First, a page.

FLIMX: A Software Package to Determine and Analyze the Fluorescence Lifetime in Time-Resolved Fluorescence Data from the Human Eye.

Klemm M, Schweitzer D, Peters S, Sauer L, Hammer M, Haueisen J - PLoS ONE (2015)

Comparison of the different fluorescent lifetime modelling approaches in a healthy volunteer.The fluorescence intensity as well as the fluorescence lifetimes τm (A) and τ1 (B) in spectral channel 1 are shown (154 x 154 pixels, 59 x59 μm2/pixel). The color scaling of the fluorescence lifetime plots is identical in each subfigure. The ETDRS grid is drawn on each subplot, and the mean values are given for each subfield of the grid. The fluorescence intensity image is the measured signal before binning.
© Copyright Policy
Related In: Results  -  Collection

License
Show All Figures
getmorefigures.php?uid=PMC4507995&req=5

pone.0131640.g008: Comparison of the different fluorescent lifetime modelling approaches in a healthy volunteer.The fluorescence intensity as well as the fluorescence lifetimes τm (A) and τ1 (B) in spectral channel 1 are shown (154 x 154 pixels, 59 x59 μm2/pixel). The color scaling of the fluorescence lifetime plots is identical in each subfigure. The ETDRS grid is drawn on each subplot, and the mean values are given for each subfield of the grid. The fluorescence intensity image is the measured signal before binning.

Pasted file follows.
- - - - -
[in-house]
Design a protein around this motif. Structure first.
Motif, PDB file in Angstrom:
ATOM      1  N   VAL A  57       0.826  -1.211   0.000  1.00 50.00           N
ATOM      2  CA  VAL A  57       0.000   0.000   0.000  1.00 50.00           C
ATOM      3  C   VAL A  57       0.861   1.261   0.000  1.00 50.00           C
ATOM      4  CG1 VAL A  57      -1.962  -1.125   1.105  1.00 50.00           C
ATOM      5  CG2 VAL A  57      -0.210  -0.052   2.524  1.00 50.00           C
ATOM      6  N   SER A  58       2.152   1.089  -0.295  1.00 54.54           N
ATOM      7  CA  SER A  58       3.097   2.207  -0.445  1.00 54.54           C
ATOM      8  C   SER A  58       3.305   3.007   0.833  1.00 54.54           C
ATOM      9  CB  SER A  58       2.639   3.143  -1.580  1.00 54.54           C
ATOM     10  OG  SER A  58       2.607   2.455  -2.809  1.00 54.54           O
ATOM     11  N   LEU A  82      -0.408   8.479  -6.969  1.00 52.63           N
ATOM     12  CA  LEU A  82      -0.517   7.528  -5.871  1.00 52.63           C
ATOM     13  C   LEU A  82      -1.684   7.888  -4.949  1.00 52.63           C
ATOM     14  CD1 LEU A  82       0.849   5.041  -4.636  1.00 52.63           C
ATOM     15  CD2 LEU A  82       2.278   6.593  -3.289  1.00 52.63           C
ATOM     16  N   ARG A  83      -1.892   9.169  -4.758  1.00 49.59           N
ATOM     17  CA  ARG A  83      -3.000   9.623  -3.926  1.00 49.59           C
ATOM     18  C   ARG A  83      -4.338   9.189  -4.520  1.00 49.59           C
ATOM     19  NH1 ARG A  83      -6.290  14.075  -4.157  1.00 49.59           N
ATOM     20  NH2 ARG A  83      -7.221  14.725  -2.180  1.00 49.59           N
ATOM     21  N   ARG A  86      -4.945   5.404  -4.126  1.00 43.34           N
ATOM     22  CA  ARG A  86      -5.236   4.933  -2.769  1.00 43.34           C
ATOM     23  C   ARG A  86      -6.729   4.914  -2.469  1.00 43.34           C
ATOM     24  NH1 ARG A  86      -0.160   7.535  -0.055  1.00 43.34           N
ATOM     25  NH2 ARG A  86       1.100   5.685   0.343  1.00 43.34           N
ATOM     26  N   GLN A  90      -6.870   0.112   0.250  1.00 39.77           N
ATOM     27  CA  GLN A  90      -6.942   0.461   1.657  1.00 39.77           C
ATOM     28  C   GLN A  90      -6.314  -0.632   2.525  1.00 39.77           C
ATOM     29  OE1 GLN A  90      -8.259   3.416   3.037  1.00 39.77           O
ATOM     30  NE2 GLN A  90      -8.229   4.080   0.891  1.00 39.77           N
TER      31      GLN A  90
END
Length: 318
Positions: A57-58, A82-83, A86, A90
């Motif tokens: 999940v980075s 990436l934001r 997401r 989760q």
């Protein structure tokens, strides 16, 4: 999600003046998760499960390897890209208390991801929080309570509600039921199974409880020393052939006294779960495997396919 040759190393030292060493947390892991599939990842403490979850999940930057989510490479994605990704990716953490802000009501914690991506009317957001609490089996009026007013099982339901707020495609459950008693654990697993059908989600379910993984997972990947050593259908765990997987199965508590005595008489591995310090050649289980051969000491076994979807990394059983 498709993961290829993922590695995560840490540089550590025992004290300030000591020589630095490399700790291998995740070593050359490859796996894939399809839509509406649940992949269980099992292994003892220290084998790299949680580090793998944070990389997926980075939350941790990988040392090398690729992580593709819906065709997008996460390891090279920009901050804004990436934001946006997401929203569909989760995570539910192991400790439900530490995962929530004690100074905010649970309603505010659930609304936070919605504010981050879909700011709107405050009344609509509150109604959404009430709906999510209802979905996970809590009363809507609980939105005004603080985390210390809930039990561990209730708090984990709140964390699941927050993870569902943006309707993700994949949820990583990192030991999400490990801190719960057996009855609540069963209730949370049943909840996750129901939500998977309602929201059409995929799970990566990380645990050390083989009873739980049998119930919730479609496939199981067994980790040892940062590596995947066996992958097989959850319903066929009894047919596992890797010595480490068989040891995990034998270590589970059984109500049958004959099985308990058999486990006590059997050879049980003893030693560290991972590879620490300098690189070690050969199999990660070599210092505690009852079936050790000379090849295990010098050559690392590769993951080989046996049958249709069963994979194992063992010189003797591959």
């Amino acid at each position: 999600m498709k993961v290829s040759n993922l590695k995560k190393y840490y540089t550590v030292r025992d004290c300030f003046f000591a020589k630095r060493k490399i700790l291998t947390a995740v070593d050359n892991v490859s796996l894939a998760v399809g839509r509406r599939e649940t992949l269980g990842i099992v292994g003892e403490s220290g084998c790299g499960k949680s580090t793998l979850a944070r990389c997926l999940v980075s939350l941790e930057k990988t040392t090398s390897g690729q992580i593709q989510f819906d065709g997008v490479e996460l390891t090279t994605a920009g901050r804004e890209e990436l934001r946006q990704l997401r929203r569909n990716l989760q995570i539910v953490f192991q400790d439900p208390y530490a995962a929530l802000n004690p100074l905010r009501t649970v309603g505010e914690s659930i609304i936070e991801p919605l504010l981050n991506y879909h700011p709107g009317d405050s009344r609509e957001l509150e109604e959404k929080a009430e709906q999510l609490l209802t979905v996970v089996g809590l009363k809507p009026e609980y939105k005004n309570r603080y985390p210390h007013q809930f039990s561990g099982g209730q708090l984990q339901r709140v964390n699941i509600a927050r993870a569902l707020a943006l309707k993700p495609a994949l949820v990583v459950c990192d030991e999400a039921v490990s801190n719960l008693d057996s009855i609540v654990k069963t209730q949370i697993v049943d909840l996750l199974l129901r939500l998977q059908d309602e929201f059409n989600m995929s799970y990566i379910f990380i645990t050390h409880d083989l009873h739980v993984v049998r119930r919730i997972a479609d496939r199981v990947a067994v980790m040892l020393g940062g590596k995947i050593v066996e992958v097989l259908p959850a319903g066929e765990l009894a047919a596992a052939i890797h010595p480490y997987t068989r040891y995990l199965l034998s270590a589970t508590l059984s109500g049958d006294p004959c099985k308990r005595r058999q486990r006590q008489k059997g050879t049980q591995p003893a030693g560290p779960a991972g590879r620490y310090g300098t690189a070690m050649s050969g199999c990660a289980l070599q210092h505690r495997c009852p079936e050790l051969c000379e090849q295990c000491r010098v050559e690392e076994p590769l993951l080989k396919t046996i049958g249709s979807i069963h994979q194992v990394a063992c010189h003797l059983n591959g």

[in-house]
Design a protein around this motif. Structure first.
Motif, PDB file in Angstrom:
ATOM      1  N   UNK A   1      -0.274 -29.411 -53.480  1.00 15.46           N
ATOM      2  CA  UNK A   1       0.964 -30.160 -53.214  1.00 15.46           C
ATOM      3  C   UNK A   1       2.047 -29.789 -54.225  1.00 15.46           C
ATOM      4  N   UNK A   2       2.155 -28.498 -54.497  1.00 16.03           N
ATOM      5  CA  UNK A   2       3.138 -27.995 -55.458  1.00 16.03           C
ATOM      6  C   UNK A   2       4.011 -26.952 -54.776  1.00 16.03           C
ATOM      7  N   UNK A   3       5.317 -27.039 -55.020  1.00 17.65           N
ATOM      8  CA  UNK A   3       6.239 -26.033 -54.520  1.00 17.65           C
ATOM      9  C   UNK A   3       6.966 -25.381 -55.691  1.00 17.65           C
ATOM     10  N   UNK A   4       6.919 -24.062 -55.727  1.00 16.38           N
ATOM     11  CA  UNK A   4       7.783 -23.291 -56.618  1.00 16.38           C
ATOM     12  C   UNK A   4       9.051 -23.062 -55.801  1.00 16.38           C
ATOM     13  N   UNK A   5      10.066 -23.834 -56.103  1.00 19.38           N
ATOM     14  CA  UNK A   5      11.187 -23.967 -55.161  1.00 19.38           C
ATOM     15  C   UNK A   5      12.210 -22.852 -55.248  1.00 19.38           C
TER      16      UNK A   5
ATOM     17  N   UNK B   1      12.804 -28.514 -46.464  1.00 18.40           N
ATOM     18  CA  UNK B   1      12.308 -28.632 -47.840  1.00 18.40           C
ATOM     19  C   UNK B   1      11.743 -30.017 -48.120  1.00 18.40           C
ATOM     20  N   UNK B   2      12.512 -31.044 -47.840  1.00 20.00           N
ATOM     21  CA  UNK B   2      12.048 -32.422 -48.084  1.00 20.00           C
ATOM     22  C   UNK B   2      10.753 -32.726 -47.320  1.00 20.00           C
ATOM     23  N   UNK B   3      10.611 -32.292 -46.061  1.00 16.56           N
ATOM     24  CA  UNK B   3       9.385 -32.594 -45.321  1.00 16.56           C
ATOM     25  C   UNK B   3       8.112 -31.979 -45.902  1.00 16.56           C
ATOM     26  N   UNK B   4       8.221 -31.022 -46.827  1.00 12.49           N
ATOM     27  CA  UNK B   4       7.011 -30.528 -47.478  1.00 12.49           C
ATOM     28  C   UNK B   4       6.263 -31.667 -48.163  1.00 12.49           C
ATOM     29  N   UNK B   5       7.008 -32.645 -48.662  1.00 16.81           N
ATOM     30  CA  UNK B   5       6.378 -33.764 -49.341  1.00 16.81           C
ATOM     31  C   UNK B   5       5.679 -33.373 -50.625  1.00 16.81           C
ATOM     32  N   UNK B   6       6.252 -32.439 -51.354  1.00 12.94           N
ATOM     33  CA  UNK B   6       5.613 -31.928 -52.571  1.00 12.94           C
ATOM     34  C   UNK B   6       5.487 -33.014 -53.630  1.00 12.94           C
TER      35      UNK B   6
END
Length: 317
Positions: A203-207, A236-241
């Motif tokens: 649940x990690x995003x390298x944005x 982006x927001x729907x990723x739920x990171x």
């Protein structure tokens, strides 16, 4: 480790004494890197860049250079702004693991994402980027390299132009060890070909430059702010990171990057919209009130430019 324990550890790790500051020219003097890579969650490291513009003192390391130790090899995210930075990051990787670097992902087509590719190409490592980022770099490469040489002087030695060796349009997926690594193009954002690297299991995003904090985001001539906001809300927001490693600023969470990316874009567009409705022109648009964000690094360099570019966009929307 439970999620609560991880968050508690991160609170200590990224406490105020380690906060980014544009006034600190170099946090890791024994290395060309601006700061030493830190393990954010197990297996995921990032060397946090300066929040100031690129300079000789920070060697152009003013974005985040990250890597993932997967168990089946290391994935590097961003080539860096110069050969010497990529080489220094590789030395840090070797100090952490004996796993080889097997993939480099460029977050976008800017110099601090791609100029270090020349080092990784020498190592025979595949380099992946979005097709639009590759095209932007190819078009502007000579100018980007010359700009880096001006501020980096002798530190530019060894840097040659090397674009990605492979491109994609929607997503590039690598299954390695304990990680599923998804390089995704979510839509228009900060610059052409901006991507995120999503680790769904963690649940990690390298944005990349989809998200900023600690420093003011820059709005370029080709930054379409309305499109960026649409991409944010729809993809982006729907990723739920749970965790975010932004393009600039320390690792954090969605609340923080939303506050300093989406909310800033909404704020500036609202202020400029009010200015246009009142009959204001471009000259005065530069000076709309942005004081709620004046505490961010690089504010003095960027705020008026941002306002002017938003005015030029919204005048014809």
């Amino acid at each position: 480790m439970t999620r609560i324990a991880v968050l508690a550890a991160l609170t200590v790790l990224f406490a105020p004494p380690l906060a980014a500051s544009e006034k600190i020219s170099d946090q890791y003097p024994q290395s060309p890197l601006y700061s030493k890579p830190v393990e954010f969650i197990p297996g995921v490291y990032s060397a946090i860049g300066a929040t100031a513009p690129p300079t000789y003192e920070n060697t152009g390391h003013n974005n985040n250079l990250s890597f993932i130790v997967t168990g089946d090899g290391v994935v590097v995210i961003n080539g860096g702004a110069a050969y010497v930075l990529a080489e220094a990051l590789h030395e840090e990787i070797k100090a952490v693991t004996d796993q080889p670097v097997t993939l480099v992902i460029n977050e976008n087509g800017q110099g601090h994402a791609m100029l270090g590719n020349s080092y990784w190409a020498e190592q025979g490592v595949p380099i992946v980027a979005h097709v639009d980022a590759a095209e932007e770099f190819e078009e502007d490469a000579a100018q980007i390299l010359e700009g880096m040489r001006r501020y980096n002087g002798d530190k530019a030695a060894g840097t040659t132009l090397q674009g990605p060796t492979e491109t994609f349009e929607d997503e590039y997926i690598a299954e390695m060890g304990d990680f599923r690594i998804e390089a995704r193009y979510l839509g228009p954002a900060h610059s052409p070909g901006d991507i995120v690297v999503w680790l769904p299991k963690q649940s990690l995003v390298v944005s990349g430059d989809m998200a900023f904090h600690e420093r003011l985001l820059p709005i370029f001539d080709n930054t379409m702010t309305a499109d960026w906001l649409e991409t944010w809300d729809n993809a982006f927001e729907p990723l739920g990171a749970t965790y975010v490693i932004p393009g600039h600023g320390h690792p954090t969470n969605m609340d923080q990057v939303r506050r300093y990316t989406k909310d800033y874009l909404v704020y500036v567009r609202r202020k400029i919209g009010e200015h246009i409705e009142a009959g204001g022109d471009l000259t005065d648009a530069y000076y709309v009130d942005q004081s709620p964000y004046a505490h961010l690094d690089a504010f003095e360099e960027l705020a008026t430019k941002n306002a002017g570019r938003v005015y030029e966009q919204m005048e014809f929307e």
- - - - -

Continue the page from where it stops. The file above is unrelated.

Mentions: Fig 8A depicts the fluorescence intensity as well as the average fluorescence lifetime τm (Eq 13) and fluorescence lifetime τ1 (Fig 8B) in spectral channel 1 for the different fluorescence lifetime approximation models. In the case of the stretched exponentials, only two exponential functions were used, compared to the three exponential functions used in the other cases. Furthermore, the fluorescence lifetime of a stretched exponential is not directly comparable to the other approaches because it must be interpreted in conjunction with the corresponding β.